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Professor Foster and Professor Bond!

September 11, 2015

In the UK the academic title “Professor” is reserved for those who have been awarded the status by the university in which they teach/research.  (This is very different from the use of the title in North American circles, for example.)  In earlier tradition, there was typically one Professor for each subject, the incumbent occupying what was called “the established chair” in that subject.  Other academics would be addressed as “Dr.”  But, more recently, British universities have accepted the need to recognize the research/publication achievements of academic staff whose work would qualify them for Professorial status, and have begun awarding what are called “personal chairs” to them, i.e., full Professorial status (in the British sense of the term).  This involves a university-level committee reviewing them, and requires strong recommendations from Professorial-level specialists in their subject from other universities (both in the UK and beyond).   I’m very pleased to publicize the success of two of my colleagues in the New Testament & Christian Origins area here in Edinburgh.  They are too modest to do so, but I’m delighted to proclaim our two recently-awarded personal chairs to Paul Foster and Helen Bond.

Paul was awarded a Professorial chair last year (2014), and is now also entering his third year as Head (Dean) of the School of Divinity.  Paul’s publications on various subjects, including his “go-to” work on the Gospel of Peter, articles on “Q”, and other subjects have made him now known and respected in the field.  Paul’s staff page is here.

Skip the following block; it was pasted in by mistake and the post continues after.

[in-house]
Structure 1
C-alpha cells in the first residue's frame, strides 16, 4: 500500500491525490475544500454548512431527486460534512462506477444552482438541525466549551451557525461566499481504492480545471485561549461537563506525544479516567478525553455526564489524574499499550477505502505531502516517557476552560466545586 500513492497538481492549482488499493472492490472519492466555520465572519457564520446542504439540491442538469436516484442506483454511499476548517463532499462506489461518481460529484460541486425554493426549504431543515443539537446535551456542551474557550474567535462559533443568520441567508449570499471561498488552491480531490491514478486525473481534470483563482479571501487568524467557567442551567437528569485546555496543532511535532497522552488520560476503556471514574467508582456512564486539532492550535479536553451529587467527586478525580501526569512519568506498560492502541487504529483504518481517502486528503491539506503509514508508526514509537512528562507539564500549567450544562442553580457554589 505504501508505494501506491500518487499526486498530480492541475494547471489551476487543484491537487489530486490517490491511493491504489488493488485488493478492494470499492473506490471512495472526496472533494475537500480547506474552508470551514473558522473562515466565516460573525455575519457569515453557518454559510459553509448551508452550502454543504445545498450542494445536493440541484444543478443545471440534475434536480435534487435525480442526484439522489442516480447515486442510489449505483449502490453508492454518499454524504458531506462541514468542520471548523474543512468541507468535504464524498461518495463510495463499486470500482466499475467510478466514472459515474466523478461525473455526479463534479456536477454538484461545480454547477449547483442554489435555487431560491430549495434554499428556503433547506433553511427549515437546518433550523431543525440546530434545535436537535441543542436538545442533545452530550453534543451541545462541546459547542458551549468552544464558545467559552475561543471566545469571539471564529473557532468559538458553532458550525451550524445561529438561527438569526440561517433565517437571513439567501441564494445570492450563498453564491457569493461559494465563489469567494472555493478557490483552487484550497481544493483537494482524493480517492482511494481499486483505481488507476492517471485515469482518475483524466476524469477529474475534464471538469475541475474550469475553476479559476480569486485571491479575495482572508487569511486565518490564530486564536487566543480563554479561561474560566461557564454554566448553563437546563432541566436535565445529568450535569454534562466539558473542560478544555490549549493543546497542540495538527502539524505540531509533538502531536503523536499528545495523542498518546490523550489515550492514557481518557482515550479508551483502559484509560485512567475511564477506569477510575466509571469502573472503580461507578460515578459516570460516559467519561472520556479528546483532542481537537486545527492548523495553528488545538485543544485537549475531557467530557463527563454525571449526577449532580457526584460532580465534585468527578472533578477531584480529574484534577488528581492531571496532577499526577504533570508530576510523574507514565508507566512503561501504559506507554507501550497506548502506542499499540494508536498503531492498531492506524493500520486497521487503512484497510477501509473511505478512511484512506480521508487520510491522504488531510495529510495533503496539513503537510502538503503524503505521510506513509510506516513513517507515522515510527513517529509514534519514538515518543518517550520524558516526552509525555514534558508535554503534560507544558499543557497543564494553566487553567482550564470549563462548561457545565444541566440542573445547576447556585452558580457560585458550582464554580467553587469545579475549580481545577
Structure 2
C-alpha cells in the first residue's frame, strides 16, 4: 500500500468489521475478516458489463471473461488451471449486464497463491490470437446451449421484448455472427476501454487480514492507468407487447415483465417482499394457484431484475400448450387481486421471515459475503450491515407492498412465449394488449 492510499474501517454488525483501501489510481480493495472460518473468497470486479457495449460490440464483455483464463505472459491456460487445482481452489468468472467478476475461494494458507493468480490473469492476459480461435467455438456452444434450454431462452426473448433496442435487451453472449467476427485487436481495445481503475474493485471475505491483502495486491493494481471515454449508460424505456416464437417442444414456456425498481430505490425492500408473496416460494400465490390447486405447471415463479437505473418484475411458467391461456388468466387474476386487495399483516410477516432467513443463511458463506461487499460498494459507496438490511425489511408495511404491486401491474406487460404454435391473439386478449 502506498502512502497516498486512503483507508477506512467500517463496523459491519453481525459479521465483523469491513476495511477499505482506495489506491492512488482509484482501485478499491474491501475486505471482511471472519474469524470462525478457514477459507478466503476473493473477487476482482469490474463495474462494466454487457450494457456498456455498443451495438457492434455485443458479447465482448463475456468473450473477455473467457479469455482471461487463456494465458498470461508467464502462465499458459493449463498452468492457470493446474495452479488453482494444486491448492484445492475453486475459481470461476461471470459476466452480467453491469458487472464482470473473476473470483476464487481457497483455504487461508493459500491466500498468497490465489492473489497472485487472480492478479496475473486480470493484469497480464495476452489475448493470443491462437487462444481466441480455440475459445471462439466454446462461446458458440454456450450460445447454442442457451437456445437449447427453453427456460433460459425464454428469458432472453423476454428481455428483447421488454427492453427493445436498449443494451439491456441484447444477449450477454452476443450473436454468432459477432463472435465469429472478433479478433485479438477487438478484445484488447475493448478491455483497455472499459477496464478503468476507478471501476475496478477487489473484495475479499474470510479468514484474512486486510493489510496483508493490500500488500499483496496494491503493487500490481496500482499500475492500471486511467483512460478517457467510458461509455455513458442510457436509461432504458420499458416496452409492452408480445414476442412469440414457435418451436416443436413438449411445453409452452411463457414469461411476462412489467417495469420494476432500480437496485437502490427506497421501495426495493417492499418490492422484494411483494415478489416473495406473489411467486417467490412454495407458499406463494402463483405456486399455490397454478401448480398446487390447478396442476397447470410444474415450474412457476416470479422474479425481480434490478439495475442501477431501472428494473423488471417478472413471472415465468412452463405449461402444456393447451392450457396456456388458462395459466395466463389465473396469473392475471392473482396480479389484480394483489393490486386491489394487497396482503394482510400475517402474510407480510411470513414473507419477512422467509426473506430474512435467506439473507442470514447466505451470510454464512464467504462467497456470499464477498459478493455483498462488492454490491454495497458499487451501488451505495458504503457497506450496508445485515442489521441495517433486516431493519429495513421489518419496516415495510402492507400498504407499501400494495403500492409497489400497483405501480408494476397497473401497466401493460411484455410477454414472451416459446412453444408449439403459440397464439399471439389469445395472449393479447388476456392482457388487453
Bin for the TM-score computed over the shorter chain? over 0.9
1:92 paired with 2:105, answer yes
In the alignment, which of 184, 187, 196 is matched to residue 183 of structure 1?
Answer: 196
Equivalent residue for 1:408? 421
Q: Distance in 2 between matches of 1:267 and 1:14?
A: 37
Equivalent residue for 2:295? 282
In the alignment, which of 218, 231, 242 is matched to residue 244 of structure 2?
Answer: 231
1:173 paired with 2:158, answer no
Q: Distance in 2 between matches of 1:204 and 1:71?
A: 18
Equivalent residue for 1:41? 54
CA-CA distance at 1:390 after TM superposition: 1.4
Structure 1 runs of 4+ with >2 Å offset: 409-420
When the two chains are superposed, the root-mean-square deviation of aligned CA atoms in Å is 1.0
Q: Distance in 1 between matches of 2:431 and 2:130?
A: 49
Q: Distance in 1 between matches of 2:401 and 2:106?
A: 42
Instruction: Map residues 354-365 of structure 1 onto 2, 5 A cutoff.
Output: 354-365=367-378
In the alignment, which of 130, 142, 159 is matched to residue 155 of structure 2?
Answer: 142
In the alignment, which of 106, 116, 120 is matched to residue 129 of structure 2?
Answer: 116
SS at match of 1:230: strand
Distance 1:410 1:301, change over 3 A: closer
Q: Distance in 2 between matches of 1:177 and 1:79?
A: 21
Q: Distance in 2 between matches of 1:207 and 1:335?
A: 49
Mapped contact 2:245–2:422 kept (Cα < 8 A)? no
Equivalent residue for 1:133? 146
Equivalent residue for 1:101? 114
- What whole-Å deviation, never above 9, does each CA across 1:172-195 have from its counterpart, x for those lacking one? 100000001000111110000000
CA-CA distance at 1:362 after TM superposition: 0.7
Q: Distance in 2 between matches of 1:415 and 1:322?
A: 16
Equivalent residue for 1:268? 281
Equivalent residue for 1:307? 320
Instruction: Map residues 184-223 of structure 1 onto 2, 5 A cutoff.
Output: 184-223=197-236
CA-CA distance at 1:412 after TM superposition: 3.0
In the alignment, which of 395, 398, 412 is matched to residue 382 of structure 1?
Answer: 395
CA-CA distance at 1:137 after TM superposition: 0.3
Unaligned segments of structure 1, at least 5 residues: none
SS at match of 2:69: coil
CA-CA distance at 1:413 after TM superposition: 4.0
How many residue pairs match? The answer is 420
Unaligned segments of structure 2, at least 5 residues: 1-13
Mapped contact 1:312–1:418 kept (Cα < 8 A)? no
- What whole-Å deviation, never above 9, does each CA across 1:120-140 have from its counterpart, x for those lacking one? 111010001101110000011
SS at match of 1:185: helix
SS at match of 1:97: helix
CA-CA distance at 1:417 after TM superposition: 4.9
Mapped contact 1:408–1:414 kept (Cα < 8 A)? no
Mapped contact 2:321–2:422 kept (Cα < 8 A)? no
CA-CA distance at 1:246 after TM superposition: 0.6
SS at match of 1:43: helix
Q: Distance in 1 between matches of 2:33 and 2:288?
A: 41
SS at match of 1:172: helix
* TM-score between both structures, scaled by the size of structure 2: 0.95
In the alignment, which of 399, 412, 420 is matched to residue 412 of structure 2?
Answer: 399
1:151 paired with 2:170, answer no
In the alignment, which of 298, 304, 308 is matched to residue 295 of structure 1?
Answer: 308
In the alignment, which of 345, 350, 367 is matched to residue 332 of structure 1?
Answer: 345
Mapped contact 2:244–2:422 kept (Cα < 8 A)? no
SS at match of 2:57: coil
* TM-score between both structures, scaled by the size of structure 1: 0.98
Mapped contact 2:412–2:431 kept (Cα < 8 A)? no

Helen was awarded her Professorial chair this year (2015), and serves also as Director of the Centre for the Study of Christian Origins.  Helen’s publications, including her ground-breaking studies of Pontius Pilate and Caiaphas, and her accessible book on historical Jesus scholarship, as well as numerous articles likewise have propelled her to international recognition.  You may well see her appearing in one of the many TV programmes for which she is often interviewed.  Her staff page is here.

When I retired in 2011, we decided (largely for financial reasons at the time) not to fill then the “established chair” that I held and chose instead to ask permission of the university to advertise a “Lecturer” position (= Assistant Professor in North American terms).  At the time, I stated that within five years at most one or both of my colleagues (then Paul and Helen) would likely be awarded Professorial status.  As it terms out, both have now been made Professors well within that predicted time-frame.

I should also mention that Matthew Novenson, who was appointed to that Lecturer post, has likewise been promoted recently, to Senior Lecturer rank (roughly = Associate Professor in North American terms).  This rapid promotion was likewise justified by his published research, including his important book-length study showing that Paul reflects a view of Jesus as Messiah, as well as a growing number of articles.  Matt’s staff page is here.

Our newest addition, Dr. Philippa Townsend, is a Chancellor’s Fellow (a highly competitive post-doctoral fellowship), which allows her an initial three years of time focused on research projects.  Her staff page is here.

And, wonderfully, all of these fine scholars are also fine colleagues, cordial, cooperative, hard-working, conscientious and committed to their students (at both undergraduate and postgraduate levels) as well as their subjects.  I’m proud to have the chance to celebrate them and their successes.

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  1. Congratulations to all the fine scholars and friends at the School of Divinity, Edinburgh!

  2. Dale Patterson permalink

    Congratulations to your colleagues. And a belated ‘thank you’ for your courses and insights when I was a student in Vancouver, BC

  3. John Stackhouse permalink

    You’ve always been a good encourager of colleagues, Larry, as you were to me at the U of Manitoba. Congratulations to you and your colleagues on these achievements.

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